Lyrically the album deals with subjects including prostitution, American consumerism, British imperialism, freedom of speech, the Holocaust, self-starvation, serial killers, the death penalty, political revolution, childhood, fascism and suicide.[24] According to Q: “the tone of the album is by turns bleak, angry and resigned”.[25] There was also an element of autobiographic subjects, like in the song “4st 7lb” where the lyrics clearly tackle Richey’s own experience and life. The song was named after 4 stones 7 pounds, or 63 pounds (29 kg), because it is the weight below which death is said to be medically unavoidable for an anorexic sufferer.[26]

I retreated into the bathroom, shut the door, and turned out the lights; I was very upset about many things, about all things; whatever thoughts formed were either dark and horrible at the outset or were pulled towards darkness very quickly. From one subject to the next: fears about the future, regrets about the past, guilt about my own moral failures, self-loathing because of my intransigent faults, fury at innumerable persons, shame at the force of my hatred and bitterness, and exhaustion with the perpetual systematic failure of my entire mind: personality, cognition, memory, emotion, will. In a few seconds I would cycle through these thoughts, which lead into and depart from one another, in an accelerating spiral that unified, separated, and then recomposed these threads again and again; it was rapid and repetitive.

The band’s seventh studio album, Lifeblood, was released on 1 November 2004 and reached No. 13 on the UK album chart. Critical response to the album was mixed. The album was more introspective and more focused on the past, Wire talked about the ghosts that haunted this record and stated that the record was a retrospective: “The main themes are death and solitude and ghosts. Being haunted by history and being haunted by your own past. Sleep is beautiful for me. I hate dreaming because it ruins ten hours of bliss. I had a lot of bad dreams when Richey first disappeared. Not ugly dreams, but nagging things. Until we wrote ‘Design for Life’, it was six months of misery. Lifeblood doesn’t seek to exorcise Edwards’ ghost, though, just admits that there are no answers”.[67] Tony Visconti helped the band produce three songs on the album, which was followed by a UK arena tour in December 2004. “Empty Souls” and “The Love of Richard Nixon” were the two singles released from the album, both reaching No. 2 in the UK.[68]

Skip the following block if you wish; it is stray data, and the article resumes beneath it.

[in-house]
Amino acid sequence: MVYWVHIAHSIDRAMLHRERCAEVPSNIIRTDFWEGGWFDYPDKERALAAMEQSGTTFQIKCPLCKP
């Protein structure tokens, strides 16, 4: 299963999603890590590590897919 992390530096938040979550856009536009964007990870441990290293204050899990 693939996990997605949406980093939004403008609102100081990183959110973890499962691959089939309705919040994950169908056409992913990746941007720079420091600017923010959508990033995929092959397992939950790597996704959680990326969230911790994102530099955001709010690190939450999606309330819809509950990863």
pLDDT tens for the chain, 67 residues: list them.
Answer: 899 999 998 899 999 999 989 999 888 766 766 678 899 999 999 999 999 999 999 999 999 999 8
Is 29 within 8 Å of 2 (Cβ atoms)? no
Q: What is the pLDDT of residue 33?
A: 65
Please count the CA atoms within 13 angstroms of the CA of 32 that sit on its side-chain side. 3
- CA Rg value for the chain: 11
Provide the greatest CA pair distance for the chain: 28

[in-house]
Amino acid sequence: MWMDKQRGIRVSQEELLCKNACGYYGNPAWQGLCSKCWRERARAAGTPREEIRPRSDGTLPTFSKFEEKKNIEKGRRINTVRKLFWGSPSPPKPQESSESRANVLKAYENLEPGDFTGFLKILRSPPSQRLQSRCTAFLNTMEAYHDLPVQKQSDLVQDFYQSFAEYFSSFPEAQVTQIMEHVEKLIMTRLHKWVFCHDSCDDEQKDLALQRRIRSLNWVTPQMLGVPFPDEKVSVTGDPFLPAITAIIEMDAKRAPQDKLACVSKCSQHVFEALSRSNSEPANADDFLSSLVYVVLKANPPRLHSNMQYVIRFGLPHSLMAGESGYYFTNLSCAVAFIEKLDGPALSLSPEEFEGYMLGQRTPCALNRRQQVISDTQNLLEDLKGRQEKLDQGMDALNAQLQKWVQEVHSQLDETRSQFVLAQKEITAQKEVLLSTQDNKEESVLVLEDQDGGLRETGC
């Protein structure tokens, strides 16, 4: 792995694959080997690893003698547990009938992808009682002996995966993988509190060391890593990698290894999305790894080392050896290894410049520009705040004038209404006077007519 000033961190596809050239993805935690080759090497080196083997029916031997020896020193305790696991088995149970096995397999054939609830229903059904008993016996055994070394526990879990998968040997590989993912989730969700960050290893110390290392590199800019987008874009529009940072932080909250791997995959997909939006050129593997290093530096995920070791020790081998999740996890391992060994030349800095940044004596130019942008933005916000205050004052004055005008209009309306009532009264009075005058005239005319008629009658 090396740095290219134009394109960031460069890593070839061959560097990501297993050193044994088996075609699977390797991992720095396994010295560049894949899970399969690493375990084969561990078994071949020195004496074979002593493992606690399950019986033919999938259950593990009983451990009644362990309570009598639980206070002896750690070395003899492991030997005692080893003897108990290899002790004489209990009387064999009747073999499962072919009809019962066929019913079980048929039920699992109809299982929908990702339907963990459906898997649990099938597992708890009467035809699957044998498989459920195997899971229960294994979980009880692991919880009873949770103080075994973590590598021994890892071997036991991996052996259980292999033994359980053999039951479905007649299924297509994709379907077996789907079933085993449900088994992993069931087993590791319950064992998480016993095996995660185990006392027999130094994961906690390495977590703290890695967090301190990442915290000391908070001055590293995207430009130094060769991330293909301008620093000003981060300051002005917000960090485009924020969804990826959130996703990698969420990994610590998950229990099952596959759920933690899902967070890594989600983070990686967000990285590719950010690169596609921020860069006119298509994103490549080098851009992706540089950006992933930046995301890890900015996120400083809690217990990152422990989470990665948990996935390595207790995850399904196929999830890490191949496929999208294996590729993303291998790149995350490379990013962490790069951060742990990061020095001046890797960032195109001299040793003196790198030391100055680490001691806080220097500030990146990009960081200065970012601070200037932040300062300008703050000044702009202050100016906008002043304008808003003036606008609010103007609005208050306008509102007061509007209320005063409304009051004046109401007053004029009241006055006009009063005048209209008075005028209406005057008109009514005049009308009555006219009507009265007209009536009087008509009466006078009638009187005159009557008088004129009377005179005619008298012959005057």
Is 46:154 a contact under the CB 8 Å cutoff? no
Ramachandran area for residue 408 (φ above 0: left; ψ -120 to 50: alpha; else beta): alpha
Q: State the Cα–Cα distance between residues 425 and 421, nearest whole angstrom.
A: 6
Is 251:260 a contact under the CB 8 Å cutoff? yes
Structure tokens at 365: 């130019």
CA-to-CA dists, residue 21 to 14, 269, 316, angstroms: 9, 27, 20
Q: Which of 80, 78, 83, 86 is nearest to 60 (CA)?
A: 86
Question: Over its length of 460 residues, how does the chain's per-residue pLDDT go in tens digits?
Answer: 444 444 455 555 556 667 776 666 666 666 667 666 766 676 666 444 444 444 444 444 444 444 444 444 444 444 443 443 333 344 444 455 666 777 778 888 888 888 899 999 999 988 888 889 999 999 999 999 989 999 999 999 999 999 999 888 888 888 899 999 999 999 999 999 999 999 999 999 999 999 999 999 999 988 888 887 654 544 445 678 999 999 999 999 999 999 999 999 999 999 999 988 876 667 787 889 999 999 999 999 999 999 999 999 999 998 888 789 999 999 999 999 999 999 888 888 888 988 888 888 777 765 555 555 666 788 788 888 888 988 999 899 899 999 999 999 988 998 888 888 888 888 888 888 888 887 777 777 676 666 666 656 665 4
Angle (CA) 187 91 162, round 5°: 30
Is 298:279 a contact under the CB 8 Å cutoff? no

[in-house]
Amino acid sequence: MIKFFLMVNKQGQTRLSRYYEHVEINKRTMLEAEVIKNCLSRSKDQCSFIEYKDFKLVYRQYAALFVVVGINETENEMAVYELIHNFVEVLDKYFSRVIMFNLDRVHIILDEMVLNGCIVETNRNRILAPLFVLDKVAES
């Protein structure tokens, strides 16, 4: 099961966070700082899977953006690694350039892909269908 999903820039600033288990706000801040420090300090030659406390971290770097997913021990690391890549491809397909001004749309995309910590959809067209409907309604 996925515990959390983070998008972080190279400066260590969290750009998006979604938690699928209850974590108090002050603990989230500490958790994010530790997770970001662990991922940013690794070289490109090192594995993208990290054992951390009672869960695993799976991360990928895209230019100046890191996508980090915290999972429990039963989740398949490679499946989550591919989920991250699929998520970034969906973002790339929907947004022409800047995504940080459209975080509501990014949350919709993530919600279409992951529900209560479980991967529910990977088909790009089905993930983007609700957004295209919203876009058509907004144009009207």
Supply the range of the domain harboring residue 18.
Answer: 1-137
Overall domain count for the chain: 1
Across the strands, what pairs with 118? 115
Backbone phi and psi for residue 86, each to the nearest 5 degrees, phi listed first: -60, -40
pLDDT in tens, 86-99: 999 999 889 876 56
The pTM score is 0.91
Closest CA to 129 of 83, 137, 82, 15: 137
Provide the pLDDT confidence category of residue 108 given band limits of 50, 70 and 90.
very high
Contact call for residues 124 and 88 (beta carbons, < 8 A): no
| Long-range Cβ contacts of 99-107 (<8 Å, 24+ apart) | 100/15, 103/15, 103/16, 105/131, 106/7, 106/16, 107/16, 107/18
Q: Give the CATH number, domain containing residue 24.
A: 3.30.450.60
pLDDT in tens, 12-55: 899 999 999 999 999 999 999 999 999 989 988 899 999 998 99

Suddenly it’s three days later. I’ve more than survived, I’ve thrived through them. I don’t remember them. People talk about what happened for the next few weeks; they start to expect me to always be like that. I let them down. A lot.

Website www.manicstreetpreachers.com Members James Dean Bradfield Nicky Wire Sean Moore Past members Miles Woodward Richey Edwards

The band also stated that the choice to work with Dave Eringa again was important for this album: “We finished work in November and then just went straight into a demo studio and we came out about four weeks later with the album all finished. We were all happy with all the songs, we knew what they wanted to sound like, so we didn’t want to use a mainstream producer because they’ve got their own sound and vision of what a record should be like. So we just phoned Dave up and said ‘Look, come down, let’s see how this works out’, and everyone loved what we were doing, so we decided to stay with him.”[18]

Bradfield’s solo album, The Great Western, was released in July 2006, to positive reviews from critics.[143] It reached No. 22 in the UK. The sound of the album was inspired by, among others, Jeff Beck, Badfinger, Simple Minds and McCarthy. Two singles were released: “That’s No Way to Tell a Lie” (No. 18) in July, which was also the background music to the BBC’s Match of the Day’s ‘Goal of the Month’ competition,[144] and then “An English Gentleman” (No. 31) in September. The latter is in remembrance of the first Manics manager Philip Hall, to whom The Holy Bible had been dedicated. The initial pressings of the red 7″ single were actually made with black vinyl, some of which were sent out to distributors by mistake. James toured the album with a band that included Wayne Murray, who would subsequently play second guitar for Manics live performances. James’ solo gigs featured covers of the Clash songs “Clampdown” and “The Card Cheat”, both from the album London Calling.